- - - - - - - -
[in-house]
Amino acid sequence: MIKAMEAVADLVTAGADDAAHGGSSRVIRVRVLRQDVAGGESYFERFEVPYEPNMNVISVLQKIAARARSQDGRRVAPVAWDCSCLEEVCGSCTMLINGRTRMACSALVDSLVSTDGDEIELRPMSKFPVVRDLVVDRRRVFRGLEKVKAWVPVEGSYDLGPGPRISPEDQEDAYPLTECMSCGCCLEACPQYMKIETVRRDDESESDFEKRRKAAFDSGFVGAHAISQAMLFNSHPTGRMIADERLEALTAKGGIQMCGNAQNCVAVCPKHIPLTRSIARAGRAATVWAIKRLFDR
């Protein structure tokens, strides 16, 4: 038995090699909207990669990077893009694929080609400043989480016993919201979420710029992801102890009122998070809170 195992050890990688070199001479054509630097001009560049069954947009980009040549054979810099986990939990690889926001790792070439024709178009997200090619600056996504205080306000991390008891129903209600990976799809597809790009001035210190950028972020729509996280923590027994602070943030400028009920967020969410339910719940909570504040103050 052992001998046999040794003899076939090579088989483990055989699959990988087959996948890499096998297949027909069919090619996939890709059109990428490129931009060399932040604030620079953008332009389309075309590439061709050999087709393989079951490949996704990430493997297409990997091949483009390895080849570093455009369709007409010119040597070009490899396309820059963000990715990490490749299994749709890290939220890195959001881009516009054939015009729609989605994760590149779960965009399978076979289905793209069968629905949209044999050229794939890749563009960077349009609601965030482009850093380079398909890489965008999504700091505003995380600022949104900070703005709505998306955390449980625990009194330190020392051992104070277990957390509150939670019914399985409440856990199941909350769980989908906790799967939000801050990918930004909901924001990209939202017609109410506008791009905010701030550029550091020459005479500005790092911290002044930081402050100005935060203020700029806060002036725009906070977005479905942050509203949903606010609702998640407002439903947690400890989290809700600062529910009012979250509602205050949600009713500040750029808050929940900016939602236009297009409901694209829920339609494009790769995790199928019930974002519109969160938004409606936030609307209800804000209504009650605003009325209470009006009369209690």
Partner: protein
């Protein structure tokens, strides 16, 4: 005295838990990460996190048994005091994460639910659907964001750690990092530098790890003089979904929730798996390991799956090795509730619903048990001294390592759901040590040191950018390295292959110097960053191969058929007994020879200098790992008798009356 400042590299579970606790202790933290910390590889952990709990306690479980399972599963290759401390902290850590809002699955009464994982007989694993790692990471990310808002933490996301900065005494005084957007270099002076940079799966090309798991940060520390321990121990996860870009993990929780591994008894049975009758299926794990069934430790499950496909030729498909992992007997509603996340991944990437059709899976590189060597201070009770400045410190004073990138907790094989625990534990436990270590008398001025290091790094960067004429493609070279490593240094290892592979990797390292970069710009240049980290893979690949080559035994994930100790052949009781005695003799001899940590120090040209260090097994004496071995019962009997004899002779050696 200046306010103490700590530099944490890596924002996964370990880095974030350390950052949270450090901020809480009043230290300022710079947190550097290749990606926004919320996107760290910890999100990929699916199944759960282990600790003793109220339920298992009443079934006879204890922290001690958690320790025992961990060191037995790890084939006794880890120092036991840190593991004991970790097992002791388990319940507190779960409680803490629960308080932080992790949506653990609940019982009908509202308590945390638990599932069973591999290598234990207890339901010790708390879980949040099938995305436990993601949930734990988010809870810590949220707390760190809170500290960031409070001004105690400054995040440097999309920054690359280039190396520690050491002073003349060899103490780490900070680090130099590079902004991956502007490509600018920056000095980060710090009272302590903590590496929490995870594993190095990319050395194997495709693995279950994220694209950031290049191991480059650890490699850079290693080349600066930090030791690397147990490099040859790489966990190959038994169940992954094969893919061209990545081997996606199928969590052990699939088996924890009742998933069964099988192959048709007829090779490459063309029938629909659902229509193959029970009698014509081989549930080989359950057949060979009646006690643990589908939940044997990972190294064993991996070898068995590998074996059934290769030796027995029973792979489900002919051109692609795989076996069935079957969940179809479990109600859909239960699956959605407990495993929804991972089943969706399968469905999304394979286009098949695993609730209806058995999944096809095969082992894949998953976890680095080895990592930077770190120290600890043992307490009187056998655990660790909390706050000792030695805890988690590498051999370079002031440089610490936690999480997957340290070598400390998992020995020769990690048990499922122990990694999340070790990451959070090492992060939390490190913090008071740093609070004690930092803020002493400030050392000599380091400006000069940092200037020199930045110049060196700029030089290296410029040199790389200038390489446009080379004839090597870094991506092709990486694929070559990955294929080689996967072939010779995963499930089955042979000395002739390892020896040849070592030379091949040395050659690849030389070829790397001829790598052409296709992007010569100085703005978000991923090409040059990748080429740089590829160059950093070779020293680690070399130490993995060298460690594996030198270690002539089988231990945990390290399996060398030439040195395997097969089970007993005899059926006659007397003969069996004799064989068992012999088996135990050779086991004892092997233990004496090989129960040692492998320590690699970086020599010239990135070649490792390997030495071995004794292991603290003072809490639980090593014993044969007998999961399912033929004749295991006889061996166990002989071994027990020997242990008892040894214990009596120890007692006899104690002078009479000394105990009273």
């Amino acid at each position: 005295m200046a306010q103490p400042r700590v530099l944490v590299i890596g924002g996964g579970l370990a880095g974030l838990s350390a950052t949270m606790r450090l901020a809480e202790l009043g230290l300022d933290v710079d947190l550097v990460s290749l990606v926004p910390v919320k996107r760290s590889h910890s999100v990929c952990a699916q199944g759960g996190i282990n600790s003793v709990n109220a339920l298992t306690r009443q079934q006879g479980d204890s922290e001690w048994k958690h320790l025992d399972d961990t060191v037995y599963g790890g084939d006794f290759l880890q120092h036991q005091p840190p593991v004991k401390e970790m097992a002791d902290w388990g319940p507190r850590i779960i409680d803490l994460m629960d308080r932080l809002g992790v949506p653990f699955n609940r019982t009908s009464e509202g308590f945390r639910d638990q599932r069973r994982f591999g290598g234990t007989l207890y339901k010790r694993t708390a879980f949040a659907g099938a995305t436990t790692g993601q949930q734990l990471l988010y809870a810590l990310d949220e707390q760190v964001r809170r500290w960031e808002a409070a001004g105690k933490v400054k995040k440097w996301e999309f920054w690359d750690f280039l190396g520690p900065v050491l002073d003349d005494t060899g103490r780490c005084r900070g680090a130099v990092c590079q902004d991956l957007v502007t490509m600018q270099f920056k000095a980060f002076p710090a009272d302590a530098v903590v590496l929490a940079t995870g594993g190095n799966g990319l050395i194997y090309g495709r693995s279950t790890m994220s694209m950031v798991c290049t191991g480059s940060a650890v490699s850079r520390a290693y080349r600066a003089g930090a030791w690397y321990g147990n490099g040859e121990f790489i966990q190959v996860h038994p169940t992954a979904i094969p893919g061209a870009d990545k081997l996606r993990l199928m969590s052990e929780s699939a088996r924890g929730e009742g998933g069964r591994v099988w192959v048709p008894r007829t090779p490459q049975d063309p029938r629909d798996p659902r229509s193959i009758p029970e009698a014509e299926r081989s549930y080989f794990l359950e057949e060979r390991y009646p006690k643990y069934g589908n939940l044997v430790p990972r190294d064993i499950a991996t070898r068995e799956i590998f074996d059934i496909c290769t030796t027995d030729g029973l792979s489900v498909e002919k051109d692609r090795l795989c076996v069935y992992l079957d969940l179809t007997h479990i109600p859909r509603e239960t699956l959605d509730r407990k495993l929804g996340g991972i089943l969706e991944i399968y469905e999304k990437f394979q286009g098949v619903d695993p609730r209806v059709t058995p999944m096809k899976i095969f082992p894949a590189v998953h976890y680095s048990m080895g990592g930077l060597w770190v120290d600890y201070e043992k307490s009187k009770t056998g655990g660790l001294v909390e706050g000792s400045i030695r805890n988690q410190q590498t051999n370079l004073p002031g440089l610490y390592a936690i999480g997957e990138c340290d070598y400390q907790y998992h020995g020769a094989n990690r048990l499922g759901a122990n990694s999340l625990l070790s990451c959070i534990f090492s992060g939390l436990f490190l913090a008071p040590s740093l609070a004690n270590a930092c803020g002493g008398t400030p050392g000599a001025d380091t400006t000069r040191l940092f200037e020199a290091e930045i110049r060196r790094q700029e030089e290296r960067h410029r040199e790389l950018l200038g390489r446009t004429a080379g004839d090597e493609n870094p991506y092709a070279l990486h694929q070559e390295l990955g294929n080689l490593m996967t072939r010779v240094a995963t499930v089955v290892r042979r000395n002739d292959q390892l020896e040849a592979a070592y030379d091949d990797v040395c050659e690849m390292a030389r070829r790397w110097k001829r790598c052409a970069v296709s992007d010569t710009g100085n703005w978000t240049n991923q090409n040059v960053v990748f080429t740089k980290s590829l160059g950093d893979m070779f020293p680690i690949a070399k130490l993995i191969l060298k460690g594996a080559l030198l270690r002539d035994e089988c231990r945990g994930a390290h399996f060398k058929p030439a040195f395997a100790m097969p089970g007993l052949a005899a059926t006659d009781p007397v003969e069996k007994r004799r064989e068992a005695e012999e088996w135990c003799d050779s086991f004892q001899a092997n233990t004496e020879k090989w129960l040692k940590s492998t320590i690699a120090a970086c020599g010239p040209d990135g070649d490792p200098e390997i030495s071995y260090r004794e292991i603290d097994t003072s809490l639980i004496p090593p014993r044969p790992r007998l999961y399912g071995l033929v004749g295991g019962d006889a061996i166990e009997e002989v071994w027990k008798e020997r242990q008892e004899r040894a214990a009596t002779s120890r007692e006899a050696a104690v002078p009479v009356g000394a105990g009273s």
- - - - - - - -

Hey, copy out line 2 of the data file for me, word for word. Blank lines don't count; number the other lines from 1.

Amino acid sequence: MIKAMEAVADLVTAGADDAAHGGSSRVIRVRVLRQDVAGGESYFERFEVPYEPNMNVISVLQKIAARARSQDGRRVAPVAWDCSCLEEVCGSCTMLINGRTRMACSALVDSLVSTDGDEIELRPMSKFPVVRDLVVDRRRVFRGLEKVKAWVPVEGSYDLGPGPRISPEDQEDAYPLTECMSCGCCLEACPQYMKIETVRRDDESESDFEKRRKAAFDSGFVGAHAISQAMLFNSHPTGRMIADERLEALTAKGGIQMCGNAQNCVAVCPKHIPLTRSIARAGRAATVWAIKRLFDR